But the specific example is entirely false. In over 200 years the pendulum has never swung back towards permitting crueler punishment unless you count the overturning of the decision that ruled capital punishment as unconstitutional.
    I also liked,
    Scalia said even his 2001 decision outlawing the use of "thermal imaging'' equipment to let police peer through walls to see activity inside a house did not require him to use an evolutionary approach to the Constitution, even though such equipment did not exist in the 18th century.

    These seem like solid legal opinions based on a solid legal philosophy.

    No, it actually isn't. And while I appreciate the result and the law he created when he wrote that opinion, it is not a hard and fast rule. Basically, when civilians can buy FLIR cameras it will no longer unreasonable to expect that the police can conduct a "search" using them. That's a ridiculous standard.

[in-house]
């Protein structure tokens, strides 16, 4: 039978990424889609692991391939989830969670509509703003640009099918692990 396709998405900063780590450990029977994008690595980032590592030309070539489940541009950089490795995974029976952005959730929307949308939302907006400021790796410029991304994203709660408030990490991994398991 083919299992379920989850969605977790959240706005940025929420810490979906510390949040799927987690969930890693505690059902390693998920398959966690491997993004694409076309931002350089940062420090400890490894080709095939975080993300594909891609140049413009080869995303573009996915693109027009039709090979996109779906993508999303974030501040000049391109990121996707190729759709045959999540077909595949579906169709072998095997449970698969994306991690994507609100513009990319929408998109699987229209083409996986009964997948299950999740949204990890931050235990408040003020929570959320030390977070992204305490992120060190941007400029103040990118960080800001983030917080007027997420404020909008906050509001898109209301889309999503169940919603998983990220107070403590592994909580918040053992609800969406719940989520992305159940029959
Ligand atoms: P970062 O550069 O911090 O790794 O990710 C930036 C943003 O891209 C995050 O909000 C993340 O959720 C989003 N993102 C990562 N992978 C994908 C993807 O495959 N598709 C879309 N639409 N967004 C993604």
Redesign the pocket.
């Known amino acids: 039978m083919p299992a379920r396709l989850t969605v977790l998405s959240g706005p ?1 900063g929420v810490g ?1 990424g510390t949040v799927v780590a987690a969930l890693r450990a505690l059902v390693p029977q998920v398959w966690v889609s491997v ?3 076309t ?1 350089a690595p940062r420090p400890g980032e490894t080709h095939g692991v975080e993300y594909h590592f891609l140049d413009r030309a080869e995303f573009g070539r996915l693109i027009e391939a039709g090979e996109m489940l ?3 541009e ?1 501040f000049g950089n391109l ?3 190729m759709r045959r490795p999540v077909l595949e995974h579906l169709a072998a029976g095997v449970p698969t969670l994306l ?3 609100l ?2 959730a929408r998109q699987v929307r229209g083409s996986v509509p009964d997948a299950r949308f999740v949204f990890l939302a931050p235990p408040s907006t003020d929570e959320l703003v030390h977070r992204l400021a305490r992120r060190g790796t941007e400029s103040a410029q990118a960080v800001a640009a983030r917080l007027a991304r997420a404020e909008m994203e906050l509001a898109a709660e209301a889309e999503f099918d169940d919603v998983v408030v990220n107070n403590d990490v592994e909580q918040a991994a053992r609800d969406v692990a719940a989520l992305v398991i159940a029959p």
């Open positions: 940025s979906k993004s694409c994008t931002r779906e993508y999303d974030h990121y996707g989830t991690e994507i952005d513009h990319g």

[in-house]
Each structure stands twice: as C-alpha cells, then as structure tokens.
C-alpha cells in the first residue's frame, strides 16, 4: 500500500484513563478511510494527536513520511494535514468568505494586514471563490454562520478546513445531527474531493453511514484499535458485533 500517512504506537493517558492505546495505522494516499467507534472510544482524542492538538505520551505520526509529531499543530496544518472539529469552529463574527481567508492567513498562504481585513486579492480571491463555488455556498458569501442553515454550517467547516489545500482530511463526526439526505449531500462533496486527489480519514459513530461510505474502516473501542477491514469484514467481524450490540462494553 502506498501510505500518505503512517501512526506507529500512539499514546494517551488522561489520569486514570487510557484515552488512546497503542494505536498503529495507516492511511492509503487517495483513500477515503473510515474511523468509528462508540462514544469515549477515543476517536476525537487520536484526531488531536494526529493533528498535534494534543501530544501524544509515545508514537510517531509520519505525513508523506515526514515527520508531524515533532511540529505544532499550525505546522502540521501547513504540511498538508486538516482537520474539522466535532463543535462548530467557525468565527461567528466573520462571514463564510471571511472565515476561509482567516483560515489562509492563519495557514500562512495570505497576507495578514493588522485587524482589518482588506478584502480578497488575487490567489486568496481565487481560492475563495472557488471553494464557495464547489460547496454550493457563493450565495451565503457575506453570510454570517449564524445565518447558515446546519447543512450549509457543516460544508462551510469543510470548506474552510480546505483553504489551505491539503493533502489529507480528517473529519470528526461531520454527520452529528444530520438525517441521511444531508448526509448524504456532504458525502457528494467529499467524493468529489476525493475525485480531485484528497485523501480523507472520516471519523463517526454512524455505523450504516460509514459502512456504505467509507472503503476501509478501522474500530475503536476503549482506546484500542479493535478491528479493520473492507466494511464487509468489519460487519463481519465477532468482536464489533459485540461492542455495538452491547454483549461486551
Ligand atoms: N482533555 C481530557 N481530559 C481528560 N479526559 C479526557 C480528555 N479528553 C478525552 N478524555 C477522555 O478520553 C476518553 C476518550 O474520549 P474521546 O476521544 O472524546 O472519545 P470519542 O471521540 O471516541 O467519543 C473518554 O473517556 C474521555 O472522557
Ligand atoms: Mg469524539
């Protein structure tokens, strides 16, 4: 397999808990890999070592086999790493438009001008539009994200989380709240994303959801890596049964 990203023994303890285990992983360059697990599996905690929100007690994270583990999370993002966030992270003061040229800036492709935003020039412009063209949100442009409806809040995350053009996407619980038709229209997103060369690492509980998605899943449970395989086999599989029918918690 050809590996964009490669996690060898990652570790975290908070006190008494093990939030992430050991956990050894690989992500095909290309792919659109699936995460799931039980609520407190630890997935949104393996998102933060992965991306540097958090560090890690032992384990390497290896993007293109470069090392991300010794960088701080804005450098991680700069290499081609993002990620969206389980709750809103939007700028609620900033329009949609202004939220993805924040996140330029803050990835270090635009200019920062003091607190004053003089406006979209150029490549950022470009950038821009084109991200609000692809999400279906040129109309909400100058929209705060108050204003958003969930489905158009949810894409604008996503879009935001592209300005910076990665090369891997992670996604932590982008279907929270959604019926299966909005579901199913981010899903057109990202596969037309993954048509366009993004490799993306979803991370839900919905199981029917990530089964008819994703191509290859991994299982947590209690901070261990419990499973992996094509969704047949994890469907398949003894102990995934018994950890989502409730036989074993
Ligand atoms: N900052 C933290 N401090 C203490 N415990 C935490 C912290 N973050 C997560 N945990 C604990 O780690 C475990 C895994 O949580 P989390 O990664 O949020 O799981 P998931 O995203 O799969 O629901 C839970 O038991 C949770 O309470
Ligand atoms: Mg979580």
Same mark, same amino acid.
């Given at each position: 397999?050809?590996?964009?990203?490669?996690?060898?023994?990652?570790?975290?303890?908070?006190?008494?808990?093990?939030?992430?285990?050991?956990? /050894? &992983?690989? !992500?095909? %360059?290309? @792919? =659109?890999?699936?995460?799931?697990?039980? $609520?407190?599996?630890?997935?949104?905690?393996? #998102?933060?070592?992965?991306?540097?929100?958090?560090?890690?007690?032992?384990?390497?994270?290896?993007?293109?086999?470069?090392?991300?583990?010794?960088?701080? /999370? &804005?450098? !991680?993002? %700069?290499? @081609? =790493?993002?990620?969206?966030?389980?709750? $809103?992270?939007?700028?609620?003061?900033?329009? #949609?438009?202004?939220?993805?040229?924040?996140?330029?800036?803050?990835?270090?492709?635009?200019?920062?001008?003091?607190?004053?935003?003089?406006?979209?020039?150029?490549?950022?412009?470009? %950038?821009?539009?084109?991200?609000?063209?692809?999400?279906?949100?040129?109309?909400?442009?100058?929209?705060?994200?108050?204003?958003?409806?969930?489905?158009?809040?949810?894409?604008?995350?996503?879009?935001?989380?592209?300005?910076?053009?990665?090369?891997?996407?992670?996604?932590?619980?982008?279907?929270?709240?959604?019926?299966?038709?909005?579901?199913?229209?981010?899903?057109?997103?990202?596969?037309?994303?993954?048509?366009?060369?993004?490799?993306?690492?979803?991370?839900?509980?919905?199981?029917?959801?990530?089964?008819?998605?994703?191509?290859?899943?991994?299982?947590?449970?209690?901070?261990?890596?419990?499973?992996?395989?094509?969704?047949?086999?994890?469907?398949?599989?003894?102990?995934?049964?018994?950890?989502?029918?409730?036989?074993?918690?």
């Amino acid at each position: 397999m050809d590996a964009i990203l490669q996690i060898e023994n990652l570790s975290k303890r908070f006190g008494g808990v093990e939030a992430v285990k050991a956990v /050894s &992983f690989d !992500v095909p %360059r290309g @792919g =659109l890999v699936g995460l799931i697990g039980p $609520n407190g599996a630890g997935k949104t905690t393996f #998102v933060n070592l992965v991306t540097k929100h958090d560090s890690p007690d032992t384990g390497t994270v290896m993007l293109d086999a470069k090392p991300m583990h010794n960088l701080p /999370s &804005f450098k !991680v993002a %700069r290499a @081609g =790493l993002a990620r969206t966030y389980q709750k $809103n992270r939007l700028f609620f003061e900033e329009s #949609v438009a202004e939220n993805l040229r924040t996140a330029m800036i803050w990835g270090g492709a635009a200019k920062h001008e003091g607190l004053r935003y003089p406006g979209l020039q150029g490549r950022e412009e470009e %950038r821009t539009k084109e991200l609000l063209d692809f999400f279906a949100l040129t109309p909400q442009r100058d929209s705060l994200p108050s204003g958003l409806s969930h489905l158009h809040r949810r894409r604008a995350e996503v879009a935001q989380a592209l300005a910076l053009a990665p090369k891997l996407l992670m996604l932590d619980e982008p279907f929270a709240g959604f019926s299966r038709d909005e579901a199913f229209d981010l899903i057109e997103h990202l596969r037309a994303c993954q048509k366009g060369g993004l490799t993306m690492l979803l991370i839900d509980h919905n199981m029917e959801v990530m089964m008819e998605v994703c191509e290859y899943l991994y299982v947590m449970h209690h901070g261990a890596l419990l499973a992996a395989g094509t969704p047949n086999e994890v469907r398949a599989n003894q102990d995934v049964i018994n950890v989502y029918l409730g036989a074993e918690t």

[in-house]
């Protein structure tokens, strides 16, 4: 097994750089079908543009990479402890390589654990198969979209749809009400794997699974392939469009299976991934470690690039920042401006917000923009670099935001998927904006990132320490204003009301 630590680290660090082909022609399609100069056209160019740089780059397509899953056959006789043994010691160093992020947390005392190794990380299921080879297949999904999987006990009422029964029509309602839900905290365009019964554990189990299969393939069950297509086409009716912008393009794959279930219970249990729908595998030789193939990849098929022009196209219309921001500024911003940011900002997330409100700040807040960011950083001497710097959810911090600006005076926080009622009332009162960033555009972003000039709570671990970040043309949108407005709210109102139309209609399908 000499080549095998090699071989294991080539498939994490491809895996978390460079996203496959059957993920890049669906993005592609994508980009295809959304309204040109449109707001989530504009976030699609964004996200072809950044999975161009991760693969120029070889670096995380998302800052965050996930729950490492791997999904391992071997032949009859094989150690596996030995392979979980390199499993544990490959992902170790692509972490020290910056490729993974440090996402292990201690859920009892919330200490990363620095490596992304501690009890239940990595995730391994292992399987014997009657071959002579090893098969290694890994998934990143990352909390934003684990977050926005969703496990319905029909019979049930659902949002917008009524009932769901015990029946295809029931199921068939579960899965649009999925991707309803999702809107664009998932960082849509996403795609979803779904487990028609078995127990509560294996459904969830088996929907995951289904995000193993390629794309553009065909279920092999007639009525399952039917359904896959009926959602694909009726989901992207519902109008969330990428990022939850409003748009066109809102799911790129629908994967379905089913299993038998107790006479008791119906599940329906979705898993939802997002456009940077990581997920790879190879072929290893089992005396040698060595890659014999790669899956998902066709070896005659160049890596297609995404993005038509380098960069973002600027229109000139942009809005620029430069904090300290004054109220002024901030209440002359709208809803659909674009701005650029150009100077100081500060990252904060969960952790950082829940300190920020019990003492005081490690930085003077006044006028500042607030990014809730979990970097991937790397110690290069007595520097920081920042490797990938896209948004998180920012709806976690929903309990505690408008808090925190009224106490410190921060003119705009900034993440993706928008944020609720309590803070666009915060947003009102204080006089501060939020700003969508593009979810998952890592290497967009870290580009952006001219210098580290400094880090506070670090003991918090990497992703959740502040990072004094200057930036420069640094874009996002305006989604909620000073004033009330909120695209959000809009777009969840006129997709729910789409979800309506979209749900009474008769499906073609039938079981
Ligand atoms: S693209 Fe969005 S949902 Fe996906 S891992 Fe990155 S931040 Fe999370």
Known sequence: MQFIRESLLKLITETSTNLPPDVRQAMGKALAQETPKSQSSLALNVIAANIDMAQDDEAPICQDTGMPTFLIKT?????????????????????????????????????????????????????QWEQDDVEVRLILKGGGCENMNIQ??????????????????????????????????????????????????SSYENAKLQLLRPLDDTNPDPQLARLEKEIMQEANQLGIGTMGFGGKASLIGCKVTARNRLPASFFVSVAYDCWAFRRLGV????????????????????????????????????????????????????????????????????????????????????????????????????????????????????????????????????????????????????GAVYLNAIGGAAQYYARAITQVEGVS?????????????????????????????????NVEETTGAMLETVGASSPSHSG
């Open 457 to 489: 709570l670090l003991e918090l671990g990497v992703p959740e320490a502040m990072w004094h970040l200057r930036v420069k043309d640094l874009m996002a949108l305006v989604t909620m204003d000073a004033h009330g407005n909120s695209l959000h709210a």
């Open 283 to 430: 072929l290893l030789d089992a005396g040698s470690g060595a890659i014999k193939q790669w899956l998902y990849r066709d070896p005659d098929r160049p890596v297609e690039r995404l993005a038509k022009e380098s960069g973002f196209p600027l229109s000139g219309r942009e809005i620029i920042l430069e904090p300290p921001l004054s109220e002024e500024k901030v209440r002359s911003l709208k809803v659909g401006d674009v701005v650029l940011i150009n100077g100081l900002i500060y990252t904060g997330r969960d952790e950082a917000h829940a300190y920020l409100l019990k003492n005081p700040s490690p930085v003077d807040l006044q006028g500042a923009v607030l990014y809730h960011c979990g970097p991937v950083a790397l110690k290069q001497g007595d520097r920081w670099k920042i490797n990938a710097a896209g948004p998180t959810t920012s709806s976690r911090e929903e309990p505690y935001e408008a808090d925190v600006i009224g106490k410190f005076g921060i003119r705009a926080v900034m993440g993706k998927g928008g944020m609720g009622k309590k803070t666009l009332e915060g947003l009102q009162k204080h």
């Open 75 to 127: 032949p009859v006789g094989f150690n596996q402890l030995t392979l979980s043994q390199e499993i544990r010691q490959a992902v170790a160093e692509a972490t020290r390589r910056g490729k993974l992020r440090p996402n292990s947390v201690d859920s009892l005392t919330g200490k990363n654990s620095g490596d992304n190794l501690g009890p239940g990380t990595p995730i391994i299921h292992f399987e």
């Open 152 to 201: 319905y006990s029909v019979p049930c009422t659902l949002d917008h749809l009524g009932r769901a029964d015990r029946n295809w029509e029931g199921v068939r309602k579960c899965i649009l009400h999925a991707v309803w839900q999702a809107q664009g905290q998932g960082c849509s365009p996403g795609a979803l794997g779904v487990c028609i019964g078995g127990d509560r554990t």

Crimsondude on
  • LanzLanz Registered User regular
    edited October 2009
    jhunter46 wrote: »
    See, all this stuff he is saying is bad, about the Constitution meaning what the people want it to mean, sounds great to me.

    He is saying you can't be relativistic about the Constitution. It has to have an original intent. The Constitution wasn't framed to protect abortion rights or the rights of same sex couples and that's okay. It reserved those rights to the states to protect.

    The constitution was written to outline what the government can't do to you.

    An original view also doesn't negate changing technology. Illegal searches using thermal imaging cameras are still illegal searches.